eil Sahota has been involved with artificial intelligence ever since it was just a gleam in a PC’s eye. A lecturer for UCI’s School of Law and Paul Merage School of Business, he earned bachelor’s degrees in mathematics and political science in 1997, a B.S. in information & computer science in 2000 and an MBA in 2003 – all at UCI. Sahota consults with the United Nations, global Fortune 500 companies, startups, nongovernmental organizations and others, applying his combined tech and business acumen to arrive at solutions ranging from integrating AI into healthcare processes to aiding food distribution in impoverished regions of the world.
In his more than two decades in the business world, Sahota co-authored dozens of patents (both granted and pending), leading IBM to name him a “master inventor,” as well as a “remarkable “leader” and other glistening appellations. A longtime active member of the UCI Alumni Association, in 2015, he received the UCI Lauds & Laurels Outstanding University Service award. Sahota, who was recently appointed as the UCI School of Law’s chief innovation officer for global AI initiatives, spoke with UCI Magazine contributing writer Jim Washburn about his career working in AI. (To learn more about the law school’s new AI Policy Laboratory at UCI, see our cover story on page 24).
Artificial intelligence seems to be an increasingly contentious issue, poised between hopes for its possibilities and concerns over its misuse. What is your take on it? There’s a lot of talk about the threat side of AI – from loss of jobs to automation to the “Terminator” scenario – and that deserves our concern and attention, but AI technology is a tool. And it’s really a societal choice how we wield it, whether we’ll use it as a hammer to build or to destroy. It’s on us to figure that out. I think we don’t spend enough time imagining the good things we can do with it. When you think about self-driving cars, for example, people panic about what if one has an accident, but with human drivers, about 20 million people worldwide die or suffer permanent injury in accidents every year. The U.N. has estimated that self-driving vehicles could reduce that by 98 percent. We drive with our eyes, and we’re very distractible. Machines drive with cameras, radar, lidar [light detection and ranging], auditory sensors and other devices, and they can actually be much safer drivers than we are. Along with reducing deaths and injuries, autonomous vehicles could free up your driving time to talk to your family, do some work or relax to music. In healthcare, AI has spurred advances in genomic sequencing, early detection of Alzheimer’s and additional areas. I do a lot of work with the U.N. and helped start its AI for Good initiative. We’re using AI to figure out how to reduce hunger, live sustainably, and give the impoverished or homeless better access to healthcare and justice. Is AI going to take over anytime soon? No. What AI is good at is what someone actually coined as being “urinal cake activities”: very low-level, undesirable, repetitive tasks. We can teach AI to do things that might be commoditized, like processing an auto insurance claim. AI can organize it so a person only has to work 10 minutes on it instead of an hour. AI is really good at that type of activity. Where it struggles is when it’s expected to be more creative. My buddy Ross Goodwin [a creative technologist at Google] created an AI called Benjamin that writes screenplays. It was able to do the basics because, as I understand it, every movie falls into one of 12 archetypes. So you teach the AI 12 archetypes, and about characters and dialogue, and it can commoditize that and write a screenplay. But if you ask AI to imagine an alien life-form for it, you’d have to be able to tell it what life is. And it’s really hard for us to commoditize “What is life?” AI on its own is not going to think about whether there could be silicon-based life or a life-form that could live in the clouds or anything like that.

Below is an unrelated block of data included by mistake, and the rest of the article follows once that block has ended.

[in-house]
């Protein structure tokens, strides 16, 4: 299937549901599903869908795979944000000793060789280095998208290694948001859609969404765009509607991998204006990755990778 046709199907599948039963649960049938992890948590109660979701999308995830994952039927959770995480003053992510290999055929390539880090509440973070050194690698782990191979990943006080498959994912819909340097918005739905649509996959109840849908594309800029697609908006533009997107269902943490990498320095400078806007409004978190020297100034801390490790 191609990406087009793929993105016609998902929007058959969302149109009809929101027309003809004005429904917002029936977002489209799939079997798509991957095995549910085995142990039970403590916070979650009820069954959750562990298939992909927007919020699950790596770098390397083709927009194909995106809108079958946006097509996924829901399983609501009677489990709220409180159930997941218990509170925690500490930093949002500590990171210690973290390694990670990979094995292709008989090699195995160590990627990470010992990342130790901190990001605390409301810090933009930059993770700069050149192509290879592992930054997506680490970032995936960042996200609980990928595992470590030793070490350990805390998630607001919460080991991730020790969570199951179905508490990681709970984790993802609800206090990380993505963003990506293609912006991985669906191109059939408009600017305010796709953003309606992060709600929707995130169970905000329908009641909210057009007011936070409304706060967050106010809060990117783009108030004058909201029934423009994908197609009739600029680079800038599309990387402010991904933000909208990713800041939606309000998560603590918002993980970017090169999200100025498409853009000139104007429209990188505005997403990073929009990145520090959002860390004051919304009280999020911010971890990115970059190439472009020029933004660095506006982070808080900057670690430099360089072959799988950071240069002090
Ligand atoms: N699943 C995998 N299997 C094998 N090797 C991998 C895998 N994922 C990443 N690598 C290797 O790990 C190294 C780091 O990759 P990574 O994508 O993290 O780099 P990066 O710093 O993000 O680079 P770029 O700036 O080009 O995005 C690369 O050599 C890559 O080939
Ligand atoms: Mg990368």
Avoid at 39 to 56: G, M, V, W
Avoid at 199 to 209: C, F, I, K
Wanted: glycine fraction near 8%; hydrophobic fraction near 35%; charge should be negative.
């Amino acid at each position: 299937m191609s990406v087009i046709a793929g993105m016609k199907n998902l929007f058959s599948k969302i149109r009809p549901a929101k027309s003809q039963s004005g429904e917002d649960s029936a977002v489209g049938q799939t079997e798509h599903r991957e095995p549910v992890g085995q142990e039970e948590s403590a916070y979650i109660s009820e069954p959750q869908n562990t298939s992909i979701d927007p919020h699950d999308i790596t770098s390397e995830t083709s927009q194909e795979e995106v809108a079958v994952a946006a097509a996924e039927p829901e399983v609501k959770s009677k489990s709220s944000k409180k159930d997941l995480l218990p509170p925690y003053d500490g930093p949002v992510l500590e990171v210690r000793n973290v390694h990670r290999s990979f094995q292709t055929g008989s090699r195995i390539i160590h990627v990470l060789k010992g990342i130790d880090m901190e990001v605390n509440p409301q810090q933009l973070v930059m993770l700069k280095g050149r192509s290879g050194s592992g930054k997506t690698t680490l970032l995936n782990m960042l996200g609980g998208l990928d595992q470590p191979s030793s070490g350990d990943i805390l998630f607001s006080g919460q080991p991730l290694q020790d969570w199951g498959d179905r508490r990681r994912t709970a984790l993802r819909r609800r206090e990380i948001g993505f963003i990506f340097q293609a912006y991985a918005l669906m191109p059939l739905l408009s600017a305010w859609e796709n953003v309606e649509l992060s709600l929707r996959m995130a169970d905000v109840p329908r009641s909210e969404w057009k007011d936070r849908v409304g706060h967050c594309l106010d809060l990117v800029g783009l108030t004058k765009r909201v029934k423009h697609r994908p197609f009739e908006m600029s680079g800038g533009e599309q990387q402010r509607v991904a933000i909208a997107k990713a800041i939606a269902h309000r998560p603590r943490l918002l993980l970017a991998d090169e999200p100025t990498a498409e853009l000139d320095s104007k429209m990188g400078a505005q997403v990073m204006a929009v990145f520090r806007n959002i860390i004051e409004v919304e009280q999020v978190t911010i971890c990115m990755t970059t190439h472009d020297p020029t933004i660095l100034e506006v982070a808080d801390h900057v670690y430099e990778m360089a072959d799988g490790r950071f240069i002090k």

“AI technology is a tool. And it’s really a societal choice how we wield it, whether we’ll use it as a hammer to build or to destroy. It’s on us to figure that out.”